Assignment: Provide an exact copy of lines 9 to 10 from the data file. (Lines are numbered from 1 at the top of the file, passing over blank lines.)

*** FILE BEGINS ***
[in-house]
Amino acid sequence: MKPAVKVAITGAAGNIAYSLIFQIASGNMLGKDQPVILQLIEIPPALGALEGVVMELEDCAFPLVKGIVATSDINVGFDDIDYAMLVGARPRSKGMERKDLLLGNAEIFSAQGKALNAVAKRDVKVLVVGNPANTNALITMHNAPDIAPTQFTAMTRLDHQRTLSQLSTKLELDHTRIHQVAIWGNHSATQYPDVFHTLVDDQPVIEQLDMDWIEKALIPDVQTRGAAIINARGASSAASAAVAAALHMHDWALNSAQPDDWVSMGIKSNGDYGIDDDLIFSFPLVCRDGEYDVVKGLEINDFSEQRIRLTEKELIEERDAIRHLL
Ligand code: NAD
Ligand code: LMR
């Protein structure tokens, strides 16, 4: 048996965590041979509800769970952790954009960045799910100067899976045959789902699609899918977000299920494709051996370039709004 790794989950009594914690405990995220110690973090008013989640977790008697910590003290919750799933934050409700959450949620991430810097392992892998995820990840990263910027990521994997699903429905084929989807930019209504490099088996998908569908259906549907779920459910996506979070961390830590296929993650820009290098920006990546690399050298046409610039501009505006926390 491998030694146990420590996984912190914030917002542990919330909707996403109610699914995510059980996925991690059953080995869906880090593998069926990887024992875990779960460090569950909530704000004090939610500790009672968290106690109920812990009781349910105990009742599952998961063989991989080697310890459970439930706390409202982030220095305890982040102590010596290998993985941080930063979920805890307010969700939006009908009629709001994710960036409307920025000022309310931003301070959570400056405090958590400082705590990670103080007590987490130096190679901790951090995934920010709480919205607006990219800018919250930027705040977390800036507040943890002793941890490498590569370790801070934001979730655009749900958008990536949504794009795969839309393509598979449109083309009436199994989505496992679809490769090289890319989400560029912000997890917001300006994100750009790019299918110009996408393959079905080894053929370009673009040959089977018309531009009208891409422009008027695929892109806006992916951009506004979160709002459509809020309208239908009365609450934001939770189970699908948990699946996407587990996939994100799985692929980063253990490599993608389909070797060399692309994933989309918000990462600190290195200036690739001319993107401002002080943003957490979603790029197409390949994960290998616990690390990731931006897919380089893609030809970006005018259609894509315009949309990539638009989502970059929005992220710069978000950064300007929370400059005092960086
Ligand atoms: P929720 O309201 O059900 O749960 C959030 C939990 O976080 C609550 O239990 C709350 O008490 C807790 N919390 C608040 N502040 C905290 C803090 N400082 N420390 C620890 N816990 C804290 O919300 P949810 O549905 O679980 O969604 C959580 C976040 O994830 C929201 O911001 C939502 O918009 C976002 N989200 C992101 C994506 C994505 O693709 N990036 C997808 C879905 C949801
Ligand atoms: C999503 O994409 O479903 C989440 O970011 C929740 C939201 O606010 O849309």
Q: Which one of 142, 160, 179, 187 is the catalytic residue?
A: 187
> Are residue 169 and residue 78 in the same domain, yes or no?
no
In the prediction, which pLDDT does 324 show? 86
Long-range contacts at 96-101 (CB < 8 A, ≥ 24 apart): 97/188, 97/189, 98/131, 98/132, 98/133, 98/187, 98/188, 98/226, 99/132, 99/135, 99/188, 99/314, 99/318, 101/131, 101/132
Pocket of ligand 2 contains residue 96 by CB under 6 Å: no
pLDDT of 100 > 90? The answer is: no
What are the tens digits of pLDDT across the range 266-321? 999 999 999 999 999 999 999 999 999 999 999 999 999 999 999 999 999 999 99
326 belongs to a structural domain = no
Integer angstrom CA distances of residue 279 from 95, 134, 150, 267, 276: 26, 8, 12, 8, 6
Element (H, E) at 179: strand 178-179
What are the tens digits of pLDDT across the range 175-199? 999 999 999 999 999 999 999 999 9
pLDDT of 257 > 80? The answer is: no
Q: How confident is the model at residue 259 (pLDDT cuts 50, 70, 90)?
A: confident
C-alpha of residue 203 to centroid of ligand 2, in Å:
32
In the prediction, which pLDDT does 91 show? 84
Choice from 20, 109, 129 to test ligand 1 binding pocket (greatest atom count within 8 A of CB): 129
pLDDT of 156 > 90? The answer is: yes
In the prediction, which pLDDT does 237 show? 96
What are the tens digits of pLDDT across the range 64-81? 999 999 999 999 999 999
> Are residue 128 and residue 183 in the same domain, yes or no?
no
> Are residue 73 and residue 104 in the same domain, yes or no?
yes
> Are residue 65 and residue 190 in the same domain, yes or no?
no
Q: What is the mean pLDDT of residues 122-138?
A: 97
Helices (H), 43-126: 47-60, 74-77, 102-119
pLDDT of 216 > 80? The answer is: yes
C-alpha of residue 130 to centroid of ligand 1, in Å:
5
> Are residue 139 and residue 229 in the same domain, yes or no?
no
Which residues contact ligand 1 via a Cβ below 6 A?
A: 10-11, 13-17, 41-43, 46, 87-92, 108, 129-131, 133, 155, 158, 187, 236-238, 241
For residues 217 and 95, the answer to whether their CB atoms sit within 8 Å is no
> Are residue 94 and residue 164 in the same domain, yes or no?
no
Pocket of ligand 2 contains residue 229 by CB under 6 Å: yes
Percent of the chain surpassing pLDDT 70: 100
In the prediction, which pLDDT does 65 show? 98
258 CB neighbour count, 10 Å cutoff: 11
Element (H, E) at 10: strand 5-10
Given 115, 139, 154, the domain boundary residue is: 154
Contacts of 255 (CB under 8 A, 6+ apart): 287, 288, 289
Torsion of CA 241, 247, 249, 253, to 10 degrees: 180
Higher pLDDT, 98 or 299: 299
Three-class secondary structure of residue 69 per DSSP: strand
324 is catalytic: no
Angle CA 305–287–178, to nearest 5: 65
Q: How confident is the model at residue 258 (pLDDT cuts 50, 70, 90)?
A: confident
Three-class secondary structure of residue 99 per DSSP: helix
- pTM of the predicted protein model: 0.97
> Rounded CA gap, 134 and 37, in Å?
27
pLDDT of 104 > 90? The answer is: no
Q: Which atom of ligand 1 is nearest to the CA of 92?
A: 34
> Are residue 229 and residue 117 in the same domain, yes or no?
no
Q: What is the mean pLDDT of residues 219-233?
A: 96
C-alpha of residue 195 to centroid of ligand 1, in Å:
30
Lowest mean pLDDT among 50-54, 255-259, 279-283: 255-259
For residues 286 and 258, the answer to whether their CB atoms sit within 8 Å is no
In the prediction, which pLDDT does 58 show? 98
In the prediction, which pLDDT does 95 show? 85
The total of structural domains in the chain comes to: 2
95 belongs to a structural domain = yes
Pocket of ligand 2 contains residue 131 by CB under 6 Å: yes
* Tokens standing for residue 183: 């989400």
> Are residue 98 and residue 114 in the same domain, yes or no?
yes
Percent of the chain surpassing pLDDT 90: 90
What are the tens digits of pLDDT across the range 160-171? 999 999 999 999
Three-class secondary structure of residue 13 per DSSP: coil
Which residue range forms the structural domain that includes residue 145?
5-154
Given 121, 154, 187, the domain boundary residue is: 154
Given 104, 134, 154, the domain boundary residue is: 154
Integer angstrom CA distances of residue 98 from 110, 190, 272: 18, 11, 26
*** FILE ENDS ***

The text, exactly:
A: 187
> Are residue 169 and residue 78 in the same domain, yes or no?